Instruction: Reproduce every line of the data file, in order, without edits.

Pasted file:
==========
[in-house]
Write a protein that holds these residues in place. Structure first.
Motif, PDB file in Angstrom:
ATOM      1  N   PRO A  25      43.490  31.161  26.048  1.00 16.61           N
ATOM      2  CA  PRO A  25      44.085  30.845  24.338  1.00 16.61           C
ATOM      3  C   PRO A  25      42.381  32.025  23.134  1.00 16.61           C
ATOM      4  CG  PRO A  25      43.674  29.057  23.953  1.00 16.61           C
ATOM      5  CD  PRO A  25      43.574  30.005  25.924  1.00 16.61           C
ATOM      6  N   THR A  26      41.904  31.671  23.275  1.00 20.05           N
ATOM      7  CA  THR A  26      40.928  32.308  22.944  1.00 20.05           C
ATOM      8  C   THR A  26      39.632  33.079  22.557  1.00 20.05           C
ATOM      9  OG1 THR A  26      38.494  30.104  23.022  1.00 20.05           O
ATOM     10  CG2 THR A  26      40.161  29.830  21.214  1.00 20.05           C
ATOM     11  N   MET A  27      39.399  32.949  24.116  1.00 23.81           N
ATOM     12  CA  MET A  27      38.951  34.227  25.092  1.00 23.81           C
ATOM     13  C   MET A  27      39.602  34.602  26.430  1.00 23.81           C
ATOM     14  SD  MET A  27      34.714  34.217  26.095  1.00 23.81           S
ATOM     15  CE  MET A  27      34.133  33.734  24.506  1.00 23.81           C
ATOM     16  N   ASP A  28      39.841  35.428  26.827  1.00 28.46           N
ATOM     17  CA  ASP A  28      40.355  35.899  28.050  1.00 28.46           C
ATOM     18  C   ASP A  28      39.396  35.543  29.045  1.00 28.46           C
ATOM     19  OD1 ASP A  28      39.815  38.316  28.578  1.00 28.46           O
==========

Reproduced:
[in-house]
Write a protein that holds these residues in place. Structure first.
Motif, PDB file in Angstrom:
ATOM      1  N   PRO A  25      43.490  31.161  26.048  1.00 16.61           N
ATOM      2  CA  PRO A  25      44.085  30.845  24.338  1.00 16.61           C
ATOM      3  C   PRO A  25      42.381  32.025  23.134  1.00 16.61           C
ATOM      4  CG  PRO A  25      43.674  29.057  23.953  1.00 16.61           C
ATOM      5  CD  PRO A  25      43.574  30.005  25.924  1.00 16.61           C
ATOM      6  N   THR A  26      41.904  31.671  23.275  1.00 20.05           N
ATOM      7  CA  THR A  26      40.928  32.308  22.944  1.00 20.05           C
ATOM      8  C   THR A  26      39.632  33.079  22.557  1.00 20.05           C
ATOM      9  OG1 THR A  26      38.494  30.104  23.022  1.00 20.05           O
ATOM     10  CG2 THR A  26      40.161  29.830  21.214  1.00 20.05           C
ATOM     11  N   MET A  27      39.399  32.949  24.116  1.00 23.81           N
ATOM     12  CA  MET A  27      38.951  34.227  25.092  1.00 23.81           C
ATOM     13  C   MET A  27      39.602  34.602  26.430  1.00 23.81           C
ATOM     14  SD  MET A  27      34.714  34.217  26.095  1.00 23.81           S
ATOM     15  CE  MET A  27      34.133  33.734  24.506  1.00 23.81           C
ATOM     16  N   ASP A  28      39.841  35.428  26.827  1.00 28.46           N
ATOM     17  CA  ASP A  28      40.355  35.899  28.050  1.00 28.46           C
ATOM     18  C   ASP A  28      39.396  35.543  29.045  1.00 28.46           C
ATOM     19  OD1 ASP A  28      39.815  38.316  28.578  1.00 28.46           O